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MT’s independent redistricting panel dampens partisan conflict

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Big Sky Connection
Helena, MT – Montana's independent redistricting commission has proposed nine maps for the state's two congressional seats. The setup of the commission is designed to ensure the process isn't overly partisan. Comments from Zuri Moreno (they/them), communication strategist, Fair Maps Montana.


Click on the image for the audio. Democratic commissioners have proposed five maps for Montana's two congressional seats, and Republicans have proposed four. (olinchuk/Adobe Stock)

 

Eric Tegethoff

October 7, 2021

HELENA, Mont. -- Montana's redistricting commission has released proposed maps for Montana's two new congressional seats, and the commission's independent nature could foster cooperation across party lines during the process.

The Districting and Apportionment Commission is made up of two members chosen by Republican leaders, two by Democratic leaders and a chair chosen by the Montana Supreme Court. In most states, the Legislature takes on the task of redrawing voting districts.

Zuri Moreno, communication strategist for Fair Maps Montana, said it often means partisan politics overshadow the process.

"This independent commission is offering us this rare sight at a decision-making body that's prioritizing collaboration and data and Montana communities over single-party politics," Moreno asserted. "And I think that it's the single-party politics that we would see if partisan entities were in charge of making these decisions."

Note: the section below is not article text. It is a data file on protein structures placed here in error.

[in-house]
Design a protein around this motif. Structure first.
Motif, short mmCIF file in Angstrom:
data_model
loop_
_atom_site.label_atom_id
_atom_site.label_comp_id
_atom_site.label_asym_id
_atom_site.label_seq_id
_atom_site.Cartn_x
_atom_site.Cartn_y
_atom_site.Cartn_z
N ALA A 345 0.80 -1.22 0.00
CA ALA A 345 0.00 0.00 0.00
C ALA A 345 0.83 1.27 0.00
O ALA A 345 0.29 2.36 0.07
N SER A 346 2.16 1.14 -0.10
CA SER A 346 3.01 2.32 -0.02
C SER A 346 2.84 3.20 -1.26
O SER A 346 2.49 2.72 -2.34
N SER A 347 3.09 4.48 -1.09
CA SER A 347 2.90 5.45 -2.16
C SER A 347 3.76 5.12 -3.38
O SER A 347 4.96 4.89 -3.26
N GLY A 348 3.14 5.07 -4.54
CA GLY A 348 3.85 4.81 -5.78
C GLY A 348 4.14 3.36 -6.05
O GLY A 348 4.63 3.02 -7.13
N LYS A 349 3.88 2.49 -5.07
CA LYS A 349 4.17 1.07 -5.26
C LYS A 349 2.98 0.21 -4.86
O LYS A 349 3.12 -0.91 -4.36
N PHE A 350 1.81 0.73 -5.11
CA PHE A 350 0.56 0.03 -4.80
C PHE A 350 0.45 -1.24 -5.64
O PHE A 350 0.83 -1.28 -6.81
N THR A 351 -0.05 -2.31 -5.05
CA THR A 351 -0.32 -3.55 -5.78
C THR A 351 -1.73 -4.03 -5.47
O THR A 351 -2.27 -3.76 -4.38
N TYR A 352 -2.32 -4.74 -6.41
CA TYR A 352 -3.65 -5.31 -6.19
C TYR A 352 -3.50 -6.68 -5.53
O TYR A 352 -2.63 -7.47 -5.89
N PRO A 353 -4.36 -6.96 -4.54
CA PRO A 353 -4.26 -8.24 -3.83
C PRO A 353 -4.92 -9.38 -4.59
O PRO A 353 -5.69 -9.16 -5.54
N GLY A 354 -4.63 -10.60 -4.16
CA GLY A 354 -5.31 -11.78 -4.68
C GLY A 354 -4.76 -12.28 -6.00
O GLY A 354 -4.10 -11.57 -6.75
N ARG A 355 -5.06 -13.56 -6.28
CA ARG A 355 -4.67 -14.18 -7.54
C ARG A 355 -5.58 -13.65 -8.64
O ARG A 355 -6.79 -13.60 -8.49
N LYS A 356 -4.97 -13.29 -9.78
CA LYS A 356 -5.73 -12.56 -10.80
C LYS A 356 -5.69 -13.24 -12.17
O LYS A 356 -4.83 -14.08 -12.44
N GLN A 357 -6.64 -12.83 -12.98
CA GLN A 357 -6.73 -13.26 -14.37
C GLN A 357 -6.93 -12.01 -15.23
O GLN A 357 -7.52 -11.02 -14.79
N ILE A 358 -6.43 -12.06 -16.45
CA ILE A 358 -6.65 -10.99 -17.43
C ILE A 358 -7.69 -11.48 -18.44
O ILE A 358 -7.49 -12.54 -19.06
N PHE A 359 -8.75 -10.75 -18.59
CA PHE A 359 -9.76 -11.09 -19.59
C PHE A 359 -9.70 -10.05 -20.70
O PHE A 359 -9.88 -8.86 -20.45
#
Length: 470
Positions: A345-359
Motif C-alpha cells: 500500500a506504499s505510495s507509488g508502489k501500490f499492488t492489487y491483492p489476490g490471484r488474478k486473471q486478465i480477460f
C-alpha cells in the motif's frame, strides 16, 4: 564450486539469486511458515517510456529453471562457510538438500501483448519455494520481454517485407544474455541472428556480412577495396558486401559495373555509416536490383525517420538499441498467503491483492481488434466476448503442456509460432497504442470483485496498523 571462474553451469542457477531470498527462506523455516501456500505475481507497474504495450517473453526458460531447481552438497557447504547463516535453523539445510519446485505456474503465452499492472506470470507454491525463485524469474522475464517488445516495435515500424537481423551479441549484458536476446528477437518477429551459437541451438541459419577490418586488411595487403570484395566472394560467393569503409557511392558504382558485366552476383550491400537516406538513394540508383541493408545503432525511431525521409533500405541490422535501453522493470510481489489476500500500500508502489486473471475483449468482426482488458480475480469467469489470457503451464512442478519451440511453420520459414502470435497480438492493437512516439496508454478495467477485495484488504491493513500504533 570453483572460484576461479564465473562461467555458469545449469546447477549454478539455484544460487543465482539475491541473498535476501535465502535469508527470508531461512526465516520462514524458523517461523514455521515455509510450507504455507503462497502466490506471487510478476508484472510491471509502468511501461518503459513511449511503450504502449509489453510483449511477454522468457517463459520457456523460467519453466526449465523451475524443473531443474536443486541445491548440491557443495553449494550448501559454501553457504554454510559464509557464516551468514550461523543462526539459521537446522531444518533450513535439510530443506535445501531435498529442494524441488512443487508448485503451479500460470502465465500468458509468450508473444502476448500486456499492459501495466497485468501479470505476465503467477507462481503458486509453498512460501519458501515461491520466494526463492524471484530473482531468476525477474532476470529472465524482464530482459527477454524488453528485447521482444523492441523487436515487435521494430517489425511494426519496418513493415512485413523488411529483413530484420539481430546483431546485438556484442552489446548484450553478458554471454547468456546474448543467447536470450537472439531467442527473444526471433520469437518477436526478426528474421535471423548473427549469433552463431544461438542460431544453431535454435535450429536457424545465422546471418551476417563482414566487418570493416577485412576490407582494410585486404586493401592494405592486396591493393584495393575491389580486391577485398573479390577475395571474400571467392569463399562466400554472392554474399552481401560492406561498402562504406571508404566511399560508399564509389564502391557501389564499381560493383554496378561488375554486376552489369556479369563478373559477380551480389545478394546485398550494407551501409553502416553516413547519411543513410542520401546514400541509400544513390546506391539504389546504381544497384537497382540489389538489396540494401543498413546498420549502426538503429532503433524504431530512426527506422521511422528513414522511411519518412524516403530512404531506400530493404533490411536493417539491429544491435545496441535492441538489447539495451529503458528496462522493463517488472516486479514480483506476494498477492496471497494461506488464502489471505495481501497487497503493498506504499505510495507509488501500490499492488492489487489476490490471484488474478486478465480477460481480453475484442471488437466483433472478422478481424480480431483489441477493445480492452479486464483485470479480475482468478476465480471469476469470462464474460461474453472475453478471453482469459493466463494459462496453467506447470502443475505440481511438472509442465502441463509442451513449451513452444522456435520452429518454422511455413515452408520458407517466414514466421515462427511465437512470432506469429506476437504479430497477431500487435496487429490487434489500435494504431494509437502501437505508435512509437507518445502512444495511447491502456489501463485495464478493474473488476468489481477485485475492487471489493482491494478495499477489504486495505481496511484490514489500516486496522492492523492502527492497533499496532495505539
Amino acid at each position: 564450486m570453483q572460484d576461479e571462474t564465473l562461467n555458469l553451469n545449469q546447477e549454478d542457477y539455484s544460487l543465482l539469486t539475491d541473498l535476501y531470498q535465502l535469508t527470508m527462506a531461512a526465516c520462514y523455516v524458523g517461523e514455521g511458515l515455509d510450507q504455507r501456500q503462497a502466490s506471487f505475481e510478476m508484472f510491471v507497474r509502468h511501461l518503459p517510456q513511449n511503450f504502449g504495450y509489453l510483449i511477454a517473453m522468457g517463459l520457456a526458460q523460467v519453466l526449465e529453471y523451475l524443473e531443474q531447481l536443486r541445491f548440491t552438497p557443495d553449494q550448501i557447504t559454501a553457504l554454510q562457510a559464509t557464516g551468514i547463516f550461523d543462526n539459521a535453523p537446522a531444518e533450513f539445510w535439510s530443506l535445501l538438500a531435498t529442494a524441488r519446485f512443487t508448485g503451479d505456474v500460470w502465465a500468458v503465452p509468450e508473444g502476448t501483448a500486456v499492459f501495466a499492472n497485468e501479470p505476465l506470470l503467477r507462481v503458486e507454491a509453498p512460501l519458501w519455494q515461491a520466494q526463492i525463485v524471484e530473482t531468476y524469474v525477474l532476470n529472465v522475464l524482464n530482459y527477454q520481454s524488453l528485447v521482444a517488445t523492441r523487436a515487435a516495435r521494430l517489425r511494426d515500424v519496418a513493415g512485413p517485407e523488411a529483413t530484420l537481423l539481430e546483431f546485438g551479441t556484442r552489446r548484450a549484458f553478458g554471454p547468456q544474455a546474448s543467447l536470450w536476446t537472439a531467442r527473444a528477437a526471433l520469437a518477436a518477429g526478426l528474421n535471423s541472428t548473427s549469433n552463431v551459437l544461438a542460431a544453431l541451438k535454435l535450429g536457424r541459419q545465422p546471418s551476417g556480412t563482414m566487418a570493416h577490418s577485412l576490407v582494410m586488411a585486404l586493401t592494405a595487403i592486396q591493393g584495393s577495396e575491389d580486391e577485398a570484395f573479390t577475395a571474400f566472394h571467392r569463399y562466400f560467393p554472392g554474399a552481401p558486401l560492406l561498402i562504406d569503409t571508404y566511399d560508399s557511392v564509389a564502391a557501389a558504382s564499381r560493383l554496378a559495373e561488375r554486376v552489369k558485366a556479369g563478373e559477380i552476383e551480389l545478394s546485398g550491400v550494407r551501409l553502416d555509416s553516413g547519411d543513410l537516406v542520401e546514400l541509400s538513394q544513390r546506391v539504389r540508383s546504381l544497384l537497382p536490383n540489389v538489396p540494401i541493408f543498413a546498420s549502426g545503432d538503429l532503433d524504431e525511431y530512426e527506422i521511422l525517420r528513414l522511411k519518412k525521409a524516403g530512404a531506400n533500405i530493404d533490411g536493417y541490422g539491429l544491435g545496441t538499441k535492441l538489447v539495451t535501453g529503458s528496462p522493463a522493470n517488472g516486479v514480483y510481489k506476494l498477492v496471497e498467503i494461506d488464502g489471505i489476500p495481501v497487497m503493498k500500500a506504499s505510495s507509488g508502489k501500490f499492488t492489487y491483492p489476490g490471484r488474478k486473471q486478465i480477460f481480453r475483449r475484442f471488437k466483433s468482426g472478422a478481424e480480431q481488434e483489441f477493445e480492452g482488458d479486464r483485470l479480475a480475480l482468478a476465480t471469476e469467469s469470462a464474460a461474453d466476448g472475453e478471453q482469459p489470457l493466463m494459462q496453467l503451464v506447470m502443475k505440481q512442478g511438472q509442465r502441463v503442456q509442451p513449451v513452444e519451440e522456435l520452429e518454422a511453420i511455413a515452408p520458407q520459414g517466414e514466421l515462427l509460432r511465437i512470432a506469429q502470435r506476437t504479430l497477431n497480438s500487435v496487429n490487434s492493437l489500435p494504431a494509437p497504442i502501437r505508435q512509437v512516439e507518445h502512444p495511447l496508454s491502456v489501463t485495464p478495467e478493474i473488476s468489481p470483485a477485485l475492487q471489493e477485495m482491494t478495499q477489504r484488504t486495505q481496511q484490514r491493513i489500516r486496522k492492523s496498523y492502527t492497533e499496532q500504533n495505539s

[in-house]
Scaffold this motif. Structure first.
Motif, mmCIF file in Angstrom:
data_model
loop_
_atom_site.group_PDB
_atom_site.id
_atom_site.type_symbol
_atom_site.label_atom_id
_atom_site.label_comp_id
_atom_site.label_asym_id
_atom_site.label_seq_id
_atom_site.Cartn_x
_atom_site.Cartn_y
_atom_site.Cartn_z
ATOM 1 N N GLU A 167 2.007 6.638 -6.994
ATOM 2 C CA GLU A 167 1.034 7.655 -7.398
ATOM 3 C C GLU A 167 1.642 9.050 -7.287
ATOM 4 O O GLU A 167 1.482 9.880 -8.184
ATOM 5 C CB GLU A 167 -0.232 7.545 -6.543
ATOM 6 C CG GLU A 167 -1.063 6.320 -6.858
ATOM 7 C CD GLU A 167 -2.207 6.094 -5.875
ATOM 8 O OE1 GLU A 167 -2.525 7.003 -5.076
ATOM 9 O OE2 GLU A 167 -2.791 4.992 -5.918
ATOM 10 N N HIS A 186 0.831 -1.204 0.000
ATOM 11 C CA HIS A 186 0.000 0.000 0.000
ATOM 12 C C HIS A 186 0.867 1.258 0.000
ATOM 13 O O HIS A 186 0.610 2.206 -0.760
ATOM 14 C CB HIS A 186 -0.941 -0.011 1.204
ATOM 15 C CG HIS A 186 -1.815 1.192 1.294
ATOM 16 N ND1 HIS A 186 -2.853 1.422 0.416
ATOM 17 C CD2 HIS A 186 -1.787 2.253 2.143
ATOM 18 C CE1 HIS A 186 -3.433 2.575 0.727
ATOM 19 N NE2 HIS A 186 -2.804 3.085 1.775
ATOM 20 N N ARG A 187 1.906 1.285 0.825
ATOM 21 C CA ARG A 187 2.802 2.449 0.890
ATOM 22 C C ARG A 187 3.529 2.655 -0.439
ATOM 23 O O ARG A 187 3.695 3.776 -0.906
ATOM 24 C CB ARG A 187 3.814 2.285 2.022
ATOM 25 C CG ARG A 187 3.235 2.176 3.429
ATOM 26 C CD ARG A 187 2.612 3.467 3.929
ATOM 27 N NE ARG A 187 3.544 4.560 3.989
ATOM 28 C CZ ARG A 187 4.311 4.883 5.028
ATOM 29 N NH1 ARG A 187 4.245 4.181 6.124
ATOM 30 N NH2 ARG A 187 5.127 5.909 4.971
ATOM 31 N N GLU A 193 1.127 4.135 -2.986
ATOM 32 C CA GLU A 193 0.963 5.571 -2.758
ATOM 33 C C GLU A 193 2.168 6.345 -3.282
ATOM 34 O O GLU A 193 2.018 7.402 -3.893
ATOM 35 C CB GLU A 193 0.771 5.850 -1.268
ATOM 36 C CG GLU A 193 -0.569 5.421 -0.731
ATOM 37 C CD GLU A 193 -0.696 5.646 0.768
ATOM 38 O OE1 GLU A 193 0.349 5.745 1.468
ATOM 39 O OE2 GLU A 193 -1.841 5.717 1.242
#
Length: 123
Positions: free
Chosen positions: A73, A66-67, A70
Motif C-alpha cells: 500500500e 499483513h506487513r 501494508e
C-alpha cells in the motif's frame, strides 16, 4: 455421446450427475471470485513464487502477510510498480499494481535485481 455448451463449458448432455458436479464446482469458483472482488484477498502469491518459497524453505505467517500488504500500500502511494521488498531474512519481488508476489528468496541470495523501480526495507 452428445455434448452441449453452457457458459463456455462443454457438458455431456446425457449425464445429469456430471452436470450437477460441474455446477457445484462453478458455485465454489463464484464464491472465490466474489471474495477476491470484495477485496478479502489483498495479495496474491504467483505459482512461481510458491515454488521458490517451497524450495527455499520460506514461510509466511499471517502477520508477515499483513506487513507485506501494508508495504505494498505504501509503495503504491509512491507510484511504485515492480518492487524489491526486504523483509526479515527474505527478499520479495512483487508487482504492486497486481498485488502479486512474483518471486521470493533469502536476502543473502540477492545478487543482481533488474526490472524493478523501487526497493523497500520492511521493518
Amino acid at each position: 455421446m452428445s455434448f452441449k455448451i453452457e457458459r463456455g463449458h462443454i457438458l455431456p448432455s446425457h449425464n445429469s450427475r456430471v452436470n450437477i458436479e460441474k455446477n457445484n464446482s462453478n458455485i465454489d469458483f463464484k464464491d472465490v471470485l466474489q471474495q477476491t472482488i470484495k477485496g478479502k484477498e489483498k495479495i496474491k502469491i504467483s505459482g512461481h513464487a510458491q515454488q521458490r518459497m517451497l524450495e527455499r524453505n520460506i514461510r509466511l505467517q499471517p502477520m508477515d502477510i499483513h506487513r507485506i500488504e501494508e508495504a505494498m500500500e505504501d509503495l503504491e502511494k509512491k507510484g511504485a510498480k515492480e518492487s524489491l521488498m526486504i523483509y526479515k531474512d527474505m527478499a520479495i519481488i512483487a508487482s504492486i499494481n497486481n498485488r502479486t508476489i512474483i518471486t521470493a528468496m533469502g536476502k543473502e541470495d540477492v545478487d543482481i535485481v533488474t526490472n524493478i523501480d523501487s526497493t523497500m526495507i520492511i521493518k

Redistricting has added significance this year because Montana is gaining a second congressional seat. The state has had just one since 1993. The commission advanced nine proposed plans for the shape of the districts, for which the public can submit comments. The commission's final congressional map hearing is on Oct. 19.

Moreno underscored how important the process of drawing voting maps is for ensuring people's votes count.

"Maps that are fair and competitive make sure that candidates are competing for our vote," Moreno contended. "And we get to decide, instead of having a map that decides for us."

The commission could propose a final map by the end of the month. Elections for Montana's two U.S. House seats will be in 2022. Montana is among seven states with commissions designed for partisan balance, and give commissioners the final word for approving districts.



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